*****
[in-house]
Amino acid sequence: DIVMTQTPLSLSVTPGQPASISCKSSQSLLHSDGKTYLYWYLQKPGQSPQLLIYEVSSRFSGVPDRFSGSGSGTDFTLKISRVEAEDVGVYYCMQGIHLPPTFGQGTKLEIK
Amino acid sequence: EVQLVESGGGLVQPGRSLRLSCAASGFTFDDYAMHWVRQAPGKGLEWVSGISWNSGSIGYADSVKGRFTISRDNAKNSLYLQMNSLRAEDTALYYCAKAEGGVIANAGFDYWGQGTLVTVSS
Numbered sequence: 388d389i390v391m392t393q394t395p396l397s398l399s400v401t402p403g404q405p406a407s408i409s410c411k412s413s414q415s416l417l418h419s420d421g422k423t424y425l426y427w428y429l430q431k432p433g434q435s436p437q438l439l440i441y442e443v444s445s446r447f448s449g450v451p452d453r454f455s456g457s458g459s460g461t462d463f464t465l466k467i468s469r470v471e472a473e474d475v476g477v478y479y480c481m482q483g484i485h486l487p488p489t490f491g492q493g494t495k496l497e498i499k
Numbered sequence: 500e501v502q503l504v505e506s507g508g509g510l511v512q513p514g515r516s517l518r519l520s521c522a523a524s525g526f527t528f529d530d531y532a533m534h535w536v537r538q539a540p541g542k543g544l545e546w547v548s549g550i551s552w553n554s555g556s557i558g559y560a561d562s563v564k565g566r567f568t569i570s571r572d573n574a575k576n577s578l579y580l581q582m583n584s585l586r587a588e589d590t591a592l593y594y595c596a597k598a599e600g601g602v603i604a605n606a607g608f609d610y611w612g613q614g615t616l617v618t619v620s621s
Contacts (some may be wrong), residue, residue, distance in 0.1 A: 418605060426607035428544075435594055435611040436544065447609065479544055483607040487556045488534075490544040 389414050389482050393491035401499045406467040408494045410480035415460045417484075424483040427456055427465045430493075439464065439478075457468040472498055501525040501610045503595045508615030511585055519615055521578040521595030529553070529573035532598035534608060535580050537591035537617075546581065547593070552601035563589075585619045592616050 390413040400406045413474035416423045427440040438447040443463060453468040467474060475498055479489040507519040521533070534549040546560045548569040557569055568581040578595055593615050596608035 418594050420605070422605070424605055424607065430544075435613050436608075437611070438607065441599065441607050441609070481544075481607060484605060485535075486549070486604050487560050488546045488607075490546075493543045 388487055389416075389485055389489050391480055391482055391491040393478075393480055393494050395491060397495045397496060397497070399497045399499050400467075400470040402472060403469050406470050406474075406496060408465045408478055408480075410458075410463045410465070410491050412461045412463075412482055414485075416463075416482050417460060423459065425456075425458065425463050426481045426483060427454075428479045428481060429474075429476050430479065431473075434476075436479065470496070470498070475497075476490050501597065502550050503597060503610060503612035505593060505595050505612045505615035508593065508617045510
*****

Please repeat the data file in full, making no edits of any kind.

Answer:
[in-house]
Amino acid sequence: DIVMTQTPLSLSVTPGQPASISCKSSQSLLHSDGKTYLYWYLQKPGQSPQLLIYEVSSRFSGVPDRFSGSGSGTDFTLKISRVEAEDVGVYYCMQGIHLPPTFGQGTKLEIK
Amino acid sequence: EVQLVESGGGLVQPGRSLRLSCAASGFTFDDYAMHWVRQAPGKGLEWVSGISWNSGSIGYADSVKGRFTISRDNAKNSLYLQMNSLRAEDTALYYCAKAEGGVIANAGFDYWGQGTLVTVSS
Numbered sequence: 388d389i390v391m392t393q394t395p396l397s398l399s400v401t402p403g404q405p406a407s408i409s410c411k412s413s414q415s416l417l418h419s420d421g422k423t424y425l426y427w428y429l430q431k432p433g434q435s436p437q438l439l440i441y442e443v444s445s446r447f448s449g450v451p452d453r454f455s456g457s458g459s460g461t462d463f464t465l466k467i468s469r470v471e472a473e474d475v476g477v478y479y480c481m482q483g484i485h486l487p488p489t490f491g492q493g494t495k496l497e498i499k
Numbered sequence: 500e501v502q503l504v505e506s507g508g509g510l511v512q513p514g515r516s517l518r519l520s521c522a523a524s525g526f527t528f529d530d531y532a533m534h535w536v537r538q539a540p541g542k543g544l545e546w547v548s549g550i551s552w553n554s555g556s557i558g559y560a561d562s563v564k565g566r567f568t569i570s571r572d573n574a575k576n577s578l579y580l581q582m583n584s585l586r587a588e589d590t591a592l593y594y595c596a597k598a599e600g601g602v603i604a605n606a607g608f609d610y611w612g613q614g615t616l617v618t619v620s621s
Contacts (some may be wrong), residue, residue, distance in 0.1 A: 418605060426607035428544075435594055435611040436544065447609065479544055483607040487556045488534075490544040 389414050389482050393491035401499045406467040408494045410480035415460045417484075424483040427456055427465045430493075439464065439478075457468040472498055501525040501610045503595045508615030511585055519615055521578040521595030529553070529573035532598035534608060535580050537591035537617075546581065547593070552601035563589075585619045592616050 390413040400406045413474035416423045427440040438447040443463060453468040467474060475498055479489040507519040521533070534549040546560045548569040557569055568581040578595055593615050596608035 418594050420605070422605070424605055424607065430544075435613050436608075437611070438607065441599065441607050441609070481544075481607060484605060485535075486549070486604050487560050488546045488607075490546075493543045 388487055389416075389485055389489050391480055391482055391491040393478075393480055393494050395491060397495045397496060397497070399497045399499050400467075400470040402472060403469050406470050406474075406496060408465045408478055408480075410458075410463045410465070410491050412461045412463075412482055414485075416463075416482050417460060423459065425456075425458065425463050426481045426483060427454075428479045428481060429474075429476050430479065431473075434476075436479065470496070470498070475497075476490050501597065502550050503597060503610060503612035505593060505595050505612045505615035508593065508617045510